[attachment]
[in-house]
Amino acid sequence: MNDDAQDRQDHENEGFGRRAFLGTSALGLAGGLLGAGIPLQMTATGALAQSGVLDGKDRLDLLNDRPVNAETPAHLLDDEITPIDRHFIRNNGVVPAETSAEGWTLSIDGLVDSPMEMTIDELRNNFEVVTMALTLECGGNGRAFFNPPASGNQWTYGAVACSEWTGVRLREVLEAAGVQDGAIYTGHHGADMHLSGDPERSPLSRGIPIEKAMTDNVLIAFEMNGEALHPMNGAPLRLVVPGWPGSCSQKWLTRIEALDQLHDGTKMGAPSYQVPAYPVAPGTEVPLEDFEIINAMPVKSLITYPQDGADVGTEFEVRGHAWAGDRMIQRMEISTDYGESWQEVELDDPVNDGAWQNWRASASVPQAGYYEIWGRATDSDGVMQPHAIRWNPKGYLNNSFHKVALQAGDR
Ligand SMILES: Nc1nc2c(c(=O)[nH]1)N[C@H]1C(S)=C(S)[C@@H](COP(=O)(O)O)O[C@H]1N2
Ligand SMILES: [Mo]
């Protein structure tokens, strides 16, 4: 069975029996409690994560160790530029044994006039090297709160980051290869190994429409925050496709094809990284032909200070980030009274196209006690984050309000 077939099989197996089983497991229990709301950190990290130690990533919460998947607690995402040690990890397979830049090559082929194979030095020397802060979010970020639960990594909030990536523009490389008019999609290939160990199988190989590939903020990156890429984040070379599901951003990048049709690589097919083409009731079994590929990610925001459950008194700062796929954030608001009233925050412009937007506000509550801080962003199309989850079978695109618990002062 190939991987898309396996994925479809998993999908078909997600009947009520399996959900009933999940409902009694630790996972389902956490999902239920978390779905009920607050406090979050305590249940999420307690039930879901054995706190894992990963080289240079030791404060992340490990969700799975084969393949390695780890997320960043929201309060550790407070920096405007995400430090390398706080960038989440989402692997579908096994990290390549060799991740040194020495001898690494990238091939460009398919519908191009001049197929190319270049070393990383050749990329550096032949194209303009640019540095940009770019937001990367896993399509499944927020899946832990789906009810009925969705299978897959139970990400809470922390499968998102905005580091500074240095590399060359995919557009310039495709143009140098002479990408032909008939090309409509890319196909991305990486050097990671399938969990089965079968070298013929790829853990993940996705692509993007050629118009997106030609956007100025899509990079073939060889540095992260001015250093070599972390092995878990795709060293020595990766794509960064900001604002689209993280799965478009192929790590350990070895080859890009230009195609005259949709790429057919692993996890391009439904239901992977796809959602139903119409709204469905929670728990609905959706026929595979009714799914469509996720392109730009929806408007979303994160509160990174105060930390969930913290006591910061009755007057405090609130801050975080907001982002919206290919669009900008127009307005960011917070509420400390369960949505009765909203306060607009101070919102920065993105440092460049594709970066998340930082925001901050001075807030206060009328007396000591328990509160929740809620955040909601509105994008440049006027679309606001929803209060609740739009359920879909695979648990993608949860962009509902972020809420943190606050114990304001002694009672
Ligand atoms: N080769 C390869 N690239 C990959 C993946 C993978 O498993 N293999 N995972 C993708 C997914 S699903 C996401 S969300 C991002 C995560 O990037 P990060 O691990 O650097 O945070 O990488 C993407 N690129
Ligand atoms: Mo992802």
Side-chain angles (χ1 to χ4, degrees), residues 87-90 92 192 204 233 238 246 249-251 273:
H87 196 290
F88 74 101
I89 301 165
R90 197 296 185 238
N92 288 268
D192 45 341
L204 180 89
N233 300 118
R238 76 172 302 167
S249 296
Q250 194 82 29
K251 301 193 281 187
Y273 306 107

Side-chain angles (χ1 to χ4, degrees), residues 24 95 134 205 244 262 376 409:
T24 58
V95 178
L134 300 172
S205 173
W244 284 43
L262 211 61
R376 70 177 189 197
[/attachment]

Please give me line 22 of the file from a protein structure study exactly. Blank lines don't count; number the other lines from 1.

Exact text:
Side-chain angles (χ1 to χ4, degrees), residues 24 95 134 205 244 262 376 409: